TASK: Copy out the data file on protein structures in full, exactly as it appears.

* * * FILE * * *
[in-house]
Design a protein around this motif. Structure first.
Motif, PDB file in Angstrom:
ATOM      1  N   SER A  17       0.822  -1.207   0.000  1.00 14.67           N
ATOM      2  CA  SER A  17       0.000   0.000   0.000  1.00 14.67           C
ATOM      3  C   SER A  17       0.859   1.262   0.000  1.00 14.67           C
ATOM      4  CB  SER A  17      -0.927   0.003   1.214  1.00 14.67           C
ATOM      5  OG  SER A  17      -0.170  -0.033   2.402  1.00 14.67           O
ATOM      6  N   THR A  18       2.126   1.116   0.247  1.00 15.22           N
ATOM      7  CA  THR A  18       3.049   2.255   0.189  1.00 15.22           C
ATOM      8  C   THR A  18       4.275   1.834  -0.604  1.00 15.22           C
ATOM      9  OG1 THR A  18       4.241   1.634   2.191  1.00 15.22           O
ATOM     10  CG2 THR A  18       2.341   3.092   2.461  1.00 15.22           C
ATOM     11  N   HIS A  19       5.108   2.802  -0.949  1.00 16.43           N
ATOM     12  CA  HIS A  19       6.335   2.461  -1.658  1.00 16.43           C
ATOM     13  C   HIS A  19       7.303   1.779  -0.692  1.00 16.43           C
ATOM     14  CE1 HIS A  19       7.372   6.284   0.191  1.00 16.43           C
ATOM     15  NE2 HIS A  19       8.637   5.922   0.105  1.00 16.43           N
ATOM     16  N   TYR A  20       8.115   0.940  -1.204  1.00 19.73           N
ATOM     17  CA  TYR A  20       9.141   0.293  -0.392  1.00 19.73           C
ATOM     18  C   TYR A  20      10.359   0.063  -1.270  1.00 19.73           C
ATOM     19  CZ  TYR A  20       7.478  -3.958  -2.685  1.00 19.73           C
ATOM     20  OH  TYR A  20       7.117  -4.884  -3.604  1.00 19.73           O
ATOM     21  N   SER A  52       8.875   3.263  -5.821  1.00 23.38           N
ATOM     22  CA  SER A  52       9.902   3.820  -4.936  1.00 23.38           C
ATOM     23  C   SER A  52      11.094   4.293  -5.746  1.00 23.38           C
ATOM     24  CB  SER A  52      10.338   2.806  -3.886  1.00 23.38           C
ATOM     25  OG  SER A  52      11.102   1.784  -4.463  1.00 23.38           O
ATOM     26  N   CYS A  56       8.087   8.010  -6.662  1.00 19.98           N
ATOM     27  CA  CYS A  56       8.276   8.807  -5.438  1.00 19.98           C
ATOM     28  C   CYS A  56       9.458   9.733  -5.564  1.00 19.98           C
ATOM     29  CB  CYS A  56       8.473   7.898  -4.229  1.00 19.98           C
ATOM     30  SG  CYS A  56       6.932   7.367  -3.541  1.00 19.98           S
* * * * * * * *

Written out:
[in-house]
Design a protein around this motif. Structure first.
Motif, PDB file in Angstrom:
ATOM      1  N   SER A  17       0.822  -1.207   0.000  1.00 14.67           N
ATOM      2  CA  SER A  17       0.000   0.000   0.000  1.00 14.67           C
ATOM      3  C   SER A  17       0.859   1.262   0.000  1.00 14.67           C
ATOM      4  CB  SER A  17      -0.927   0.003   1.214  1.00 14.67           C
ATOM      5  OG  SER A  17      -0.170  -0.033   2.402  1.00 14.67           O
ATOM      6  N   THR A  18       2.126   1.116   0.247  1.00 15.22           N
ATOM      7  CA  THR A  18       3.049   2.255   0.189  1.00 15.22           C
ATOM      8  C   THR A  18       4.275   1.834  -0.604  1.00 15.22           C
ATOM      9  OG1 THR A  18       4.241   1.634   2.191  1.00 15.22           O
ATOM     10  CG2 THR A  18       2.341   3.092   2.461  1.00 15.22           C
ATOM     11  N   HIS A  19       5.108   2.802  -0.949  1.00 16.43           N
ATOM     12  CA  HIS A  19       6.335   2.461  -1.658  1.00 16.43           C
ATOM     13  C   HIS A  19       7.303   1.779  -0.692  1.00 16.43           C
ATOM     14  CE1 HIS A  19       7.372   6.284   0.191  1.00 16.43           C
ATOM     15  NE2 HIS A  19       8.637   5.922   0.105  1.00 16.43           N
ATOM     16  N   TYR A  20       8.115   0.940  -1.204  1.00 19.73           N
ATOM     17  CA  TYR A  20       9.141   0.293  -0.392  1.00 19.73           C
ATOM     18  C   TYR A  20      10.359   0.063  -1.270  1.00 19.73           C
ATOM     19  CZ  TYR A  20       7.478  -3.958  -2.685  1.00 19.73           C
ATOM     20  OH  TYR A  20       7.117  -4.884  -3.604  1.00 19.73           O
ATOM     21  N   SER A  52       8.875   3.263  -5.821  1.00 23.38           N
ATOM     22  CA  SER A  52       9.902   3.820  -4.936  1.00 23.38           C
ATOM     23  C   SER A  52      11.094   4.293  -5.746  1.00 23.38           C
ATOM     24  CB  SER A  52      10.338   2.806  -3.886  1.00 23.38           C
ATOM     25  OG  SER A  52      11.102   1.784  -4.463  1.00 23.38           O
ATOM     26  N   CYS A  56       8.087   8.010  -6.662  1.00 19.98           N
ATOM     27  CA  CYS A  56       8.276   8.807  -5.438  1.00 19.98           C
ATOM     28  C   CYS A  56       9.458   9.733  -5.564  1.00 19.98           C
ATOM     29  CB  CYS A  56       8.473   7.898  -4.229  1.00 19.98           C
ATOM     30  SG  CYS A  56       6.932   7.367  -3.541  1.00 19.98           S